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Counseling Services

Mental health is crucial to an individual’s overall health. Unfortunately, health insurance doesn’t always cover mental health services and, if it does, it either restricts access to care by limiting the number of covered visits or by slapping on excessive co-payments. 

 

In response to the growing need of mental health services and in an effort to address the shortfalls of insurance coverage for mental health, Direct Primary Care offers cash-pay counseling services at rates that are 50% less than typical insurance-billed pricing – heck it’s less than most co-payments!

Stefanie Dorman - Direct Primary Care, Social Welfare

Stefanie Dorman, MHP

“Direct Primary Care gives the patient control of their own personal mental health needs. DPC breaks down barriers typically seen in mental health treatment by allowing the patient to direct the amount of time spent in therapy and helps facilitate a strong connection between the client and clinician.”

Stefanie Dorman, SUDP-T (Substance Use Disorder Professional), CCTP (Certified Clinical Trauma Professional) grew up in Snoqualmie, Washington and eventually moved to Spokane and graduated from Central Valley High School in Spokane Valley. Stefanie has lived in many different states across the U.S. but found her way back to Spokane to finish her degree. She received her Bachelors of Arts degree in Psychology and Addiction Studies at Eastern Washington University and is currently on track to graduate with her Masters degree in Social Welfare in June 2020.  Stefanie knew that becoming a dually licensed clinician LICSW & SUDP (Licensed Clinical Social Worker) was what she was meant to do when working at a psychiatric facility in Colorado. Her experience includes working in the mental health field for 9 years including working as an administrative assistant, case manager, court evaluator, and hospital social worker. Stefanie cares deeply about treating all individuals with the respect and kindness everyone deserves regardless of their mental health or substance misuse history. She treats an array of mental illnesses using different types of modalities including anxiety, depression, ADHD, family struggles, behavioral issues, emotional disturbance, self esteem, addiction, and mood disorders along with a strong focus on trauma and self-regulation techniques. Stefanie enjoys hiking, cooking, reading, and traveling. She has a passion for life and living in the moment, nothing worth doing is completed without risk and hard work!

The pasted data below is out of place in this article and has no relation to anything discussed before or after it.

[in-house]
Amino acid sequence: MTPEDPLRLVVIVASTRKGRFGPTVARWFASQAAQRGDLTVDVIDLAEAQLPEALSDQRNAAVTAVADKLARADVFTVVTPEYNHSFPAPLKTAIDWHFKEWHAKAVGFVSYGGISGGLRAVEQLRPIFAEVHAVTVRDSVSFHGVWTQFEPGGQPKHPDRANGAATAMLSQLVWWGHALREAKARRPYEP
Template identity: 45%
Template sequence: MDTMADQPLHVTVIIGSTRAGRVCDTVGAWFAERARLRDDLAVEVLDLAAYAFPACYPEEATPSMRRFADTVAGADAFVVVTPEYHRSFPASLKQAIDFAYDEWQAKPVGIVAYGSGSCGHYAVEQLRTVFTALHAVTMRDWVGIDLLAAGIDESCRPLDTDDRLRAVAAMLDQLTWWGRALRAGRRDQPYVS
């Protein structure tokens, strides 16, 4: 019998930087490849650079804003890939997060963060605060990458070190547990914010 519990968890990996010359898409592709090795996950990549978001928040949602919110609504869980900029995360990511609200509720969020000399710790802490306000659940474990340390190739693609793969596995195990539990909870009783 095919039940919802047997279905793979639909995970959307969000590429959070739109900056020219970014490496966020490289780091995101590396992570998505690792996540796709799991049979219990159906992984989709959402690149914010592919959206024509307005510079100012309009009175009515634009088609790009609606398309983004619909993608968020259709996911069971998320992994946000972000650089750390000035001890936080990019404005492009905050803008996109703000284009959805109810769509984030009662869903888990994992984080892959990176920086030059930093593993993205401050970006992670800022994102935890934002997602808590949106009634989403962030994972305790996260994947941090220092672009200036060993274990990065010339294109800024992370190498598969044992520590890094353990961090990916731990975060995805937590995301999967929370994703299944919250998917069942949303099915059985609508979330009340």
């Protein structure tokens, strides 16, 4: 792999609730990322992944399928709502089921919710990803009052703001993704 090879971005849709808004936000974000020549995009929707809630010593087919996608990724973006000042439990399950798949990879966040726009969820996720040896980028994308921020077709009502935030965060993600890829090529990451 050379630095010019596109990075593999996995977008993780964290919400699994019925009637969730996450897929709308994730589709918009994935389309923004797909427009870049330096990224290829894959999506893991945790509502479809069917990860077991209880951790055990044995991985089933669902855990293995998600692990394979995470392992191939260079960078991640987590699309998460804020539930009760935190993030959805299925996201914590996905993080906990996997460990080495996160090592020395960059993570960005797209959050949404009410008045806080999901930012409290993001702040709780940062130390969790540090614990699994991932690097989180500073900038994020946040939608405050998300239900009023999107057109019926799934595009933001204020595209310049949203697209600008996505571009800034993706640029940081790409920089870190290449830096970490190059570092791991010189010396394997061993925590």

Common Conditions Treated

Types of Therapy

Pricing

Membership Pricing

Pricing for Direct Primary Care members
$ 40
00
Per 50 Minute Session
  • In Person or via Telemedicine
Discount

Membership Pricing

Pricing for Direct Primary Care members
$ 20
00
Per 25 Minute Session
  • In Person or via Telemedicine
Discount

Non-Membership Pricing

Those only receiving counseling services
$ 60
00
Per 50 Minute Session
  • In Person or via Telemedicine

Non-Membership Pricing

Those only receiving counseling services
$ 30
00
Per 25 Minute Session
  • In Person or via Telemedicine

See How Our Prices Compare to Cash-Pay and Insurance Prices

Even if treated as a mental health benefit alone, Direct Primary Care’s rates beat cash pay rates and co-payments associated with insurance. Overall, Direct Primary Care can help you save $55 – $105 per month on your mental health services, plus your membership ALSO includes unlimited primary care services at no extra charge!!!

Insurance / Typical Co-Pay

Counseling Session - $65 Co-Pay

Cash Pay

Initial Counseling Session - $140
Follow-up Sessions - $80

Direct Primary Care

Monthly Membership Fee - $55
Counseling Session - $40

Check out Stefanie's Mental Health Mondays Series

Stress on the body

Stress is more than just a feeling. It can cause significant physical and mental effects that can impact your quality of life.

Stefanie Dorman, MPH: